Glimpses of the season's beauties before they go on their way.
Thursday, May 27, 2010
My friend Gloria from Casina di Rosa and the blog At Home in Tuscany kindly asked me to write a guest post on my very favorite subject -- the feeling of home. She and I would love it if you would take a moment to go over there for a read. Here's the link.
Wednesday, May 26, 2010
When we first bought this place, it was full of broken down, rotted furniture. I tried to save a few key pieces. There was a buffet that could not be saved, but it had a mirror that was intact. I put it aside - for six years - until I could find the right spot for it. A week before the first guests for this year's new room came, I was scrambling around the shops to find a full length mirror, in a panic, because I could not find anything that I liked. I thought about assembling a mosaic, but my time was short and my to-do list was long.
Then I remembered. I dove into the remaining unrenovated part of the barn and dug through the old doors and rusted wheels and tools, and there it was. The buffet mirror. A quick sanding, a little white paint, and a good cleaning and there it was - the perfect full length mirror for the new room. It belongs here, is as much part of the original house as the old tiles on the stairs, and suits the room's simple lines perfectly. Originally intended to be mounted horizontally, it's now mounted vertically. And it looks great.
Making a feeling of home means using things that are part of the original furnishings and mixing them with with new, fun pieces until the whole place hums.
Monday, May 24, 2010
Beauty is abundant.
After caring for some small gardening beds here for six years now, something new is emerging for me -- the feel of a grown - in garden. For years, the front strip that runs along the veranda was full of plantings - things that came together and things that did not - until this year when it all started to work. The palms are getting larger. The rose bushes are filling in. The pergola is finished and covered. It's taken on a life, a feel of its own, and I love it. Roses next to chive flowers; ivy growing every which way. The fig is arching over to the pergola; soon the grape vines we planted will be scrambling up the rusty iron posts.
There are few things more satisfying than a lovely small garden. A place where a person can sit, drink a cup of tea, read a book, enjoy some shade. It's lovely to have this here, in finished fashion, after six years. Another dimension to our home.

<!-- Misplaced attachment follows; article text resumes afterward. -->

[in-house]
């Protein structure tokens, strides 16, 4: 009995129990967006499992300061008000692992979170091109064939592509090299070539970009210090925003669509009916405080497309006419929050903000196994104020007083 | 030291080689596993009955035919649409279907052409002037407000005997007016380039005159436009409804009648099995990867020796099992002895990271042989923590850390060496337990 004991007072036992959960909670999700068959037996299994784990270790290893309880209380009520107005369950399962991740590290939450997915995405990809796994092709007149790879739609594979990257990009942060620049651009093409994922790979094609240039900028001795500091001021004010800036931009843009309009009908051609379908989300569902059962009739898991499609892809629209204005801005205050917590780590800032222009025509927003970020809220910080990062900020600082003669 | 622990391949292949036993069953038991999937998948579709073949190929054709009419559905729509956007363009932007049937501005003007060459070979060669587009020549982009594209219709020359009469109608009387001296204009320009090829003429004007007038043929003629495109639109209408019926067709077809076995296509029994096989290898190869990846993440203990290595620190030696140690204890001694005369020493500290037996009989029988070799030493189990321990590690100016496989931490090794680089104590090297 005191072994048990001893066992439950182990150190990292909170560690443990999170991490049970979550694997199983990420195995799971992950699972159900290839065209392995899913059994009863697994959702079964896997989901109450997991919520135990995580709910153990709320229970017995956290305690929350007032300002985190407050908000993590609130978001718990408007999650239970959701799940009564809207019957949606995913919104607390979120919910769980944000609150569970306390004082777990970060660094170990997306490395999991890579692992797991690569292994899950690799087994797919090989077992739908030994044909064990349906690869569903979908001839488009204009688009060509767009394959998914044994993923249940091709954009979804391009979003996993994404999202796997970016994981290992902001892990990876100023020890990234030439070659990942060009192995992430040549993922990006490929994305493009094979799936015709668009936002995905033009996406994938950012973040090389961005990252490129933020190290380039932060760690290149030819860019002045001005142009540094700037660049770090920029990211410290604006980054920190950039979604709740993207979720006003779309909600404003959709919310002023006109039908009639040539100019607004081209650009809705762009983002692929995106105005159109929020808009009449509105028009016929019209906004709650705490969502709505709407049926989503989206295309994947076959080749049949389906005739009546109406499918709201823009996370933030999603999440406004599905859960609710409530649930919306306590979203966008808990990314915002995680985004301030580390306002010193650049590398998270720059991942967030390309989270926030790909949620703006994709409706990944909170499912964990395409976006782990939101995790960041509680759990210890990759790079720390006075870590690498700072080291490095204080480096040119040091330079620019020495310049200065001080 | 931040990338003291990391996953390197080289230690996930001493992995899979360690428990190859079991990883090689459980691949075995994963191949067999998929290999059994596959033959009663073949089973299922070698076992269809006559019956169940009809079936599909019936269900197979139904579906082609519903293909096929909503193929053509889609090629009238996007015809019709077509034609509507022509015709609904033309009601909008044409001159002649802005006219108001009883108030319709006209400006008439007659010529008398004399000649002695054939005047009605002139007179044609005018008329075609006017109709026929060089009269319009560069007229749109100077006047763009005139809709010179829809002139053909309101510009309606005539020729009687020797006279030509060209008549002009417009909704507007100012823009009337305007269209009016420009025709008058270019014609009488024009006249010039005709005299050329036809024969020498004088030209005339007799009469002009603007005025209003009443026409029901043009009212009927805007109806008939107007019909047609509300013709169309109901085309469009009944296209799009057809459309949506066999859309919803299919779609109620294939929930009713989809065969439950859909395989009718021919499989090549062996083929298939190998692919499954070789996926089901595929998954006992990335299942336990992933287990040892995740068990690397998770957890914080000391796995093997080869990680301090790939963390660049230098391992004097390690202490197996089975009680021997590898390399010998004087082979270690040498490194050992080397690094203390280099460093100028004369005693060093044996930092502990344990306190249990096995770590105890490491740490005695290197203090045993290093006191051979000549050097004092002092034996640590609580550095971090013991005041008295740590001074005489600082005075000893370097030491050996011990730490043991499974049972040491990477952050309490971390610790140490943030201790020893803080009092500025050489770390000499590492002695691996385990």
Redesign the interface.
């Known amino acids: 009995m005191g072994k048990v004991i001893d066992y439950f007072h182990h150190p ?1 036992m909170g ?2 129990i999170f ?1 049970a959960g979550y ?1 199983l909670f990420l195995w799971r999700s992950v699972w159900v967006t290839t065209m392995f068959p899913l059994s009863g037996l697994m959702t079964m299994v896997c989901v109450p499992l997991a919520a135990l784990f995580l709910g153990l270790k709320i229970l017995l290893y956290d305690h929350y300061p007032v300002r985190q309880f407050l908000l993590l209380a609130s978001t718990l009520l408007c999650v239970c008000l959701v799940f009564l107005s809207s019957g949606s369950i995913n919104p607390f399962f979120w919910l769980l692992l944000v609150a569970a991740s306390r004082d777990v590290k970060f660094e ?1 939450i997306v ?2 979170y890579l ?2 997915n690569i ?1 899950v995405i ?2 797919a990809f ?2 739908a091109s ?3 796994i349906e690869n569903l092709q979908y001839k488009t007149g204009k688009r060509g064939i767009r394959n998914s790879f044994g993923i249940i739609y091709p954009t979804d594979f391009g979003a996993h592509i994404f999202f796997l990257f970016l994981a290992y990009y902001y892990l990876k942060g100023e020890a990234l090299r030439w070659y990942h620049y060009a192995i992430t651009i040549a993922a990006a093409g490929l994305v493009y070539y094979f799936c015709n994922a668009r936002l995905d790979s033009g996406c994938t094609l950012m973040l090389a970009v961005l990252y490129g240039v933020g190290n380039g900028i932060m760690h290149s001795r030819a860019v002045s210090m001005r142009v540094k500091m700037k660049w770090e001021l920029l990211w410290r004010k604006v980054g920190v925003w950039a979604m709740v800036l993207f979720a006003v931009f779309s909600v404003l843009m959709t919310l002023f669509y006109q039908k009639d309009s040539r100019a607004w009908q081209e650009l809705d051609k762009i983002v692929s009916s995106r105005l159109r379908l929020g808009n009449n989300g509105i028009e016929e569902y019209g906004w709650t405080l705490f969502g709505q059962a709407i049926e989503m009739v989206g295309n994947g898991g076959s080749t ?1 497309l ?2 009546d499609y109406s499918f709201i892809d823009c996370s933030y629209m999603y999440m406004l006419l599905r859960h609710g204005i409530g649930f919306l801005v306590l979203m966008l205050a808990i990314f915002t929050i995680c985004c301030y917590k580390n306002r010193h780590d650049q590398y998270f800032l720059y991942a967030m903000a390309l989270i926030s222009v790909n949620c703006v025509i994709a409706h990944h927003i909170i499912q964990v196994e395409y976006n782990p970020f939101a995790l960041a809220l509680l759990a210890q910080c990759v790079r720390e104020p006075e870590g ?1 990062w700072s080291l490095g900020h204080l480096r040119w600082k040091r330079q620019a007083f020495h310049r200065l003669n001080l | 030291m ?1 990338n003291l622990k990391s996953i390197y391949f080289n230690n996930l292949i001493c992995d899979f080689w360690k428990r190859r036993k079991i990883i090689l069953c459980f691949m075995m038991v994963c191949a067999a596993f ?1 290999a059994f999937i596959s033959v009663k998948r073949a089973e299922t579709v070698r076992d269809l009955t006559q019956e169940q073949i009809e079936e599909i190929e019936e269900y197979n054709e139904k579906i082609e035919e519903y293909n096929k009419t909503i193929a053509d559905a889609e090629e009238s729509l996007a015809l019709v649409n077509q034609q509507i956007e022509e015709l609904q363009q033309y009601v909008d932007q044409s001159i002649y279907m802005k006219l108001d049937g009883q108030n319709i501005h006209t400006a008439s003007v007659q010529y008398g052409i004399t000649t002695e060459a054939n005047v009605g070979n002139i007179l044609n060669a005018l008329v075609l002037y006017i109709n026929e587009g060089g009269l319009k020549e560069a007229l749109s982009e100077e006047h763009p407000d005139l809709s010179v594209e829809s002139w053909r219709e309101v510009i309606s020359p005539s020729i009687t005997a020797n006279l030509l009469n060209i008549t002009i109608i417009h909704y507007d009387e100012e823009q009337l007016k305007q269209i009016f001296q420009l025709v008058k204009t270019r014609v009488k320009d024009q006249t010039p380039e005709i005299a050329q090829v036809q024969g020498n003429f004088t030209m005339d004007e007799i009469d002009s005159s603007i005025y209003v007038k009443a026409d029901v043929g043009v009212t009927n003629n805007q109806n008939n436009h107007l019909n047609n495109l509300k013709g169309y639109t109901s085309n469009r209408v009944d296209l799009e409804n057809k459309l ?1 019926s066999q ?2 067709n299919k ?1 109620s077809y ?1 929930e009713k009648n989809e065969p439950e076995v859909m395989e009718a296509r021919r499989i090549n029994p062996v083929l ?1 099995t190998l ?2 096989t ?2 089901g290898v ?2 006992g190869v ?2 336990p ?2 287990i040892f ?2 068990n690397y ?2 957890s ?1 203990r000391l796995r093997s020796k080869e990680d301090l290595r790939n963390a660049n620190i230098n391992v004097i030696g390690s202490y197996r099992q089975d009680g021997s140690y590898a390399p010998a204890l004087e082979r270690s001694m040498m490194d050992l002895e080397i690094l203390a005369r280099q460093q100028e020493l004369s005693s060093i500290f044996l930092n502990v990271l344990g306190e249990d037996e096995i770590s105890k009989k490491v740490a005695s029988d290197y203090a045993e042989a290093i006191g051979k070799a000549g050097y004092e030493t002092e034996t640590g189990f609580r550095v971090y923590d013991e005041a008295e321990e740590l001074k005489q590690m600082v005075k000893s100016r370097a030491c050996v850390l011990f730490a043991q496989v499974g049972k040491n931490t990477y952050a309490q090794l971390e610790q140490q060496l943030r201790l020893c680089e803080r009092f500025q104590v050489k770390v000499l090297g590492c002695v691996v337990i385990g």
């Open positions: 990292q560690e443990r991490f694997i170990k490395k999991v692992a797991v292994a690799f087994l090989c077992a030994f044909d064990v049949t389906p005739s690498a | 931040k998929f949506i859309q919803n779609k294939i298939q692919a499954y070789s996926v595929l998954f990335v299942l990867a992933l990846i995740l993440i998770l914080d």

Friday, May 21, 2010
Some breakfast porn for you...
Mix of proscuitto di Parma with salami di Milano, served with a mix of cantelope and watermelon...
Home made whole wheat, rye and muesli bread, baked fresh minutes before...
...served with wildflower honey mixed with hazelnuts and almonds. First tomatoes of the season and first cherries as well...
Another morning, we have the mixed mellon but this time with strawberries, two different kiwi types (one yellow, one green), whole wheat bread with walnuts, cherry tomato and mozzarella salade, and a square apple pie up there in the corner.
Sunday, May 16, 2010
Elderflower, or sambuco season is upon us. Time to make elderflower champagne.
Elderflowers are so delicate and beautiful. They can be dipped in batter and deep fried in oil, or made into liquor or champagne.
Sugar, lemon and its zest, the flowers, water and a touch of vinegar are all you need - and the flowers of course...
Saturday, May 15, 2010
The long marathon of renovation work is winding up, and the longer marathon of the season is upon us. I will struggle, as I do every year, to refind my rhythm of innkeeping. It's a beautiful thing, innkeeping, but it is one that has to be approached carefully, with respect to one's body and soul. The tasks can be seemingly endless. There is always, somewhere, something that needs to be done. Flowers to be planted, sheets to be ironed, tiles to be regrouted, reservations to be made, bread to be baked, windows to be washed. Which is why, for me, the beginning of the season is an important time to remember my own limits, to respect them, to get my rest, to eat correctly, and to remember that whatever I don't manage to do today will still be there tomorrow.
It has been long years of lessons learned that have brought me to this point. The point where I can learn that enjoying this process is more important than having things exactly as I wish them to be. That a rested back can accomplish more than a tired one can. That a smile should not mask exhaustion, but should rather be just a smile.
These might seem like simple thoughts, but they are not- not when one lives in the same place where one works. Not when one is no longer 30.
It's a lovely way to live. As long as one takes care. For now, it's back in the groove for me.
Saturday, May 8, 2010
May 10, 2010
hand designed glass and gold/silver plate door knob
Wooden bread box from Sweden
Hand made ceramic soap dish
Words escape me! I cannot believe we have gotten this completed in time for our reservations. The weather put us weeks behind, and threatened us constantly, since we have had a cold, wet spring after a cold wet winter. But all of our trades came through with flying colors and the room is just about... perfect... just a couple of small details to iron out, but nothing major.
The last eight weeks have been an absolute marathon. We are tired, but happy to have this project completed... and now we can move on to landscaping and guest relations.
More to come as we get things done-- the exterior and the terrace.